23. Mason Briggs on 2 December 2020 at 2:38 am

    So excited for this! Been watching it come together. Going to put a space heater in the shop and spend my nights warm and happy in the working 🙂

  24. Dan Denson on 3 December 2020 at 3:50 pm

    I am really looking forward to this one. I am also interested to to know which tools you select when you travel, and why.

    Thank you for these videos. They are a special treat to me.

  25. Martin Hawkins on 6 December 2020 at 11:04 am

    cant wait to start this project. I’m just wondering what lock do you use ?

    • Izzy Berger on 22 December 2020 at 8:47 am

      Hi Martin,

      Paul says:
      I found what is called a barrel lock. These are easy to fit it and cost somewhere around £12 second-hand.

      Kind Regards,

  26. philip higgins on 21 December 2020 at 9:30 am

    just finished dry fit of dovetailed case. Working with stringy bark. The hardest wood i have ever used and very unforgiving for dovetai fit.
    Really enjoying the challenge

  27. Mark Ridley on 21 December 2020 at 12:06 pm

    Is it necessary to “upgrade” before getting a copy of the cutting list and links to the hardware?

    I would like to have all that prepped before settling down to watch the series and build the toolbox

    • Izzy Berger on 22 December 2020 at 10:42 am

      Hi Mark,

      The plans and videos for premium projects are only available with a premium membership.

      Kind Regards,

  28. rotaryw on 13 January 2021 at 8:06 pm

    Paul thanks once again for the beautiful project . I really hope you will share the project of the new rocker too…

  29. sodbuster on 14 January 2021 at 1:25 am

    Musing on design a bit – 3/4″ stock, in dense wood (oak or other) will make a heavy box. I would think weight matters for a travel box. At approx 20″ x 9″ x 14″, would 5/8″ stock not be more than strong enough? Thoughts?

    • Izzy Berger on 21 January 2021 at 4:01 pm


      Paul says:
      Yes, that’s obvious to everyone, but who is going to plane ⅛” off stock sized materials at ¾” just to save on something so minimally changed? Please try to remember that these changes can be chosen on an individual level to suit. Also it’s important to remember that many in my audience have access to store bought materials that seem always milled to 19mm or ¾” but do not have any machines. It’s a lot of work to plane this material down by hand.


  30. YrHenSaer on 14 January 2021 at 9:03 am

    Quite a weight, true that…..
    I think that those old-time-carpenters ate all their greens, besides, they probably had a horse and cart.
    Then there were apprentices……………
    As an ex-apprentice, I can tell you a thing or two about hauling tool-boxes about!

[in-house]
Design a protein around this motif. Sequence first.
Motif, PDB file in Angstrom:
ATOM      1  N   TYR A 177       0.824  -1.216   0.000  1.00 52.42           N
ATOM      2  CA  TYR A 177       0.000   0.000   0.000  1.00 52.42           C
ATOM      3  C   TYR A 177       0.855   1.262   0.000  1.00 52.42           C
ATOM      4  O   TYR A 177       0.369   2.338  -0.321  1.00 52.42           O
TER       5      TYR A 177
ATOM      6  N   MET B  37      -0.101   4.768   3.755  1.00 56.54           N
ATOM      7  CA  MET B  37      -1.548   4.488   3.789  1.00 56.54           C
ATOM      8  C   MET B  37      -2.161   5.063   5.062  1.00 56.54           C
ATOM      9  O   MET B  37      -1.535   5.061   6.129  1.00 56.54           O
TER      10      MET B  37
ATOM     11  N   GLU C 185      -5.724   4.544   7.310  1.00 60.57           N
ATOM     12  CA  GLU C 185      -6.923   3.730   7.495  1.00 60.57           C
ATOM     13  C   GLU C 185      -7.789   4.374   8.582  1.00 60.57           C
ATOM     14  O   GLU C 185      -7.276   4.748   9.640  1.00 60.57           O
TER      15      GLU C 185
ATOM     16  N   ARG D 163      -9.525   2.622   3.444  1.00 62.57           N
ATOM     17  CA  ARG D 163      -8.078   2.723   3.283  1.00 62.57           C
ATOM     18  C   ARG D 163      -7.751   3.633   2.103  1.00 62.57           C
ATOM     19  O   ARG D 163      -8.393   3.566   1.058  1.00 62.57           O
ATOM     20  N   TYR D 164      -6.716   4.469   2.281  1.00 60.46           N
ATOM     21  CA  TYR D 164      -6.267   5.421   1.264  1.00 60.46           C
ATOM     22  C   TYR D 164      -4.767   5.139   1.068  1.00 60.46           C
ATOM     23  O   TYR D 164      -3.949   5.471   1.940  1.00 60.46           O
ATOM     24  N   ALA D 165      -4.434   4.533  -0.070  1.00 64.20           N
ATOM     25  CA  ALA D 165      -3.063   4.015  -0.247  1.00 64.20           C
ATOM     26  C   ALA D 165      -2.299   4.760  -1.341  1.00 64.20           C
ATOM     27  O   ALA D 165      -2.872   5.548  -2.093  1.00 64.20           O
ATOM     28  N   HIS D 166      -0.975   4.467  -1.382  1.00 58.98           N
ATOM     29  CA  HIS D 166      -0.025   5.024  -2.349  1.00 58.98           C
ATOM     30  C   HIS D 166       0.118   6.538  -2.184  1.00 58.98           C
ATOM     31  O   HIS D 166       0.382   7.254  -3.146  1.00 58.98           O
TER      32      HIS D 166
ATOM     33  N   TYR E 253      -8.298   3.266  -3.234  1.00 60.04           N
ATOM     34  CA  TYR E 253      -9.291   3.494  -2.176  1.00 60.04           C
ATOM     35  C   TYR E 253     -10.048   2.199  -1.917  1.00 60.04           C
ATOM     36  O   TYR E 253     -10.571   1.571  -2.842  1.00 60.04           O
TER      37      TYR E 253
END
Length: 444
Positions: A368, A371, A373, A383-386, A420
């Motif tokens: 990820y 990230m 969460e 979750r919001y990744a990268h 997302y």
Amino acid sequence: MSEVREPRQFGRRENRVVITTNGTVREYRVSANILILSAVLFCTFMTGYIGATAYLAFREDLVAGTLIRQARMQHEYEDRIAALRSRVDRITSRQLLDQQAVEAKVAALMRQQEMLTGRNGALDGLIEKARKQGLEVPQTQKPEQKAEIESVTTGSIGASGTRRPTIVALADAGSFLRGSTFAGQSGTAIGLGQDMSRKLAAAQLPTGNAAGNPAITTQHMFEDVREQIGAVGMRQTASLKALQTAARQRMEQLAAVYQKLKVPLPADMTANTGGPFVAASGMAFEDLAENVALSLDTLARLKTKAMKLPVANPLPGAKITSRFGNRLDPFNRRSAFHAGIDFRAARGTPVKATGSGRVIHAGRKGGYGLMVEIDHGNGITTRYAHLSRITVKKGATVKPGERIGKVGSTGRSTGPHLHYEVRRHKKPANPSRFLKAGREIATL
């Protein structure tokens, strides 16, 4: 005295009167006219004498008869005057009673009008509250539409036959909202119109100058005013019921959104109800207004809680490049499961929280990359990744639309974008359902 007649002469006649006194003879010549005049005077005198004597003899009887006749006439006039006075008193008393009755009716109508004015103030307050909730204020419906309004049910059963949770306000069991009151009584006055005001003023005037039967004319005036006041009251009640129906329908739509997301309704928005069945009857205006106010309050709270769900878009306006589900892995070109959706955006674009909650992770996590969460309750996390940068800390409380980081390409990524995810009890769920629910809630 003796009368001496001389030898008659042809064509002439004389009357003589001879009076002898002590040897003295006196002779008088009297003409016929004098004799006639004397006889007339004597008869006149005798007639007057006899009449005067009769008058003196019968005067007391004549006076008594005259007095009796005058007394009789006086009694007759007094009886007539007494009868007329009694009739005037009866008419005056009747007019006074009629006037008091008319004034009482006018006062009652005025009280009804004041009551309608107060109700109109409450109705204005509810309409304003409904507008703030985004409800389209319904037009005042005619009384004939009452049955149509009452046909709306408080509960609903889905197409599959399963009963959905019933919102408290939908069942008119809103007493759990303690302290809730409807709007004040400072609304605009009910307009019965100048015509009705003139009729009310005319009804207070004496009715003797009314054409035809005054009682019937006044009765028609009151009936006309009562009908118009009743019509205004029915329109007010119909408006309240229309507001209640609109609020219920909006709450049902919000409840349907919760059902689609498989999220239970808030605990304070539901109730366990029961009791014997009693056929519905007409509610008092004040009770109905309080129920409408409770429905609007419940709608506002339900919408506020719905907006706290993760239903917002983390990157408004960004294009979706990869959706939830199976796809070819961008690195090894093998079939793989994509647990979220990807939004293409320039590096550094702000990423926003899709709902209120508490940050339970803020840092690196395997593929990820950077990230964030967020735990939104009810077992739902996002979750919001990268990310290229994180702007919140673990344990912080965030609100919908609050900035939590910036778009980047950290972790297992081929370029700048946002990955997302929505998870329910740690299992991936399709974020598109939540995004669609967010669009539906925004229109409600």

31. Larry Geib on 14 January 2021 at 6:47 pm

    And people helped each other. I never moved my day box by myself.

    And when quality ply became available, the construction of those boxes became a lot lighter while remaining as durable.

  32. Bob Blarney on 22 January 2021 at 6:39 pm

    It looks like an interesting project. I have a suggestion about the drawer slides. I recently built a big toolchest for placement under a bench, and it has two-way drawers that are accessible from either side of the bench . The fact that the drawers are two-way is only somewhat relevant here, but what is relevant is how I made the slides. I made them beveled as you would cut French cleats for hanging cabinets on walls. This method keeps the drawers from cocking in the carcass, and I believe that for the two-way design, that it adds a measure of bracing to keep the drawers and carcass aligned since there is no back panel to stiffen the carcass.

  33. DAVID CROZIER on 1 February 2021 at 3:03 pm

    I’ve just ordered up three dimensioned American White Oak planks for this project this morning from McGregors here in Belfast.

    2 x 19x194x2440 and 1 x 19x220x2140 should cover it with a bit extra to spare.

    Total cost £135 inc VAT.

    My question is how does this price compare to what others are paying for similar wood elsewhere in the UK?

  34. ehisey on 3 February 2021 at 3:54 pm

    @DAVID CROZIER American White Oak is pricey over there. Did you get it Plain, Rift or Quarter sawn as that does change the price a bit.

  35. DAVID CROZIER on 3 February 2021 at 7:35 pm

    It’s rift I think.

  36. philip higgins on 11 February 2021 at 9:49 am

    I have completed the project and really enjoyed it. is there a gallery location yet?

    • Izzy Berger on 18 March 2021 at 4:07 pm

      Hi Phil,

      There isn’t a specific category for this project, however you can upload into ‘other’ and it will be featured.


  37. Parker White on 19 November 2021 at 11:29 pm

    Hi Mr. Paul,
    This is such a cool project that I can’t wait to do. I hope it is as fun as all the other projects.
    Thanks for a super fun project,

  38. Artur Darmofal on 16 April 2022 at 8:25 pm

    It is so beatiful – I watched trailer many times already and still enjoying looking at this toolbox.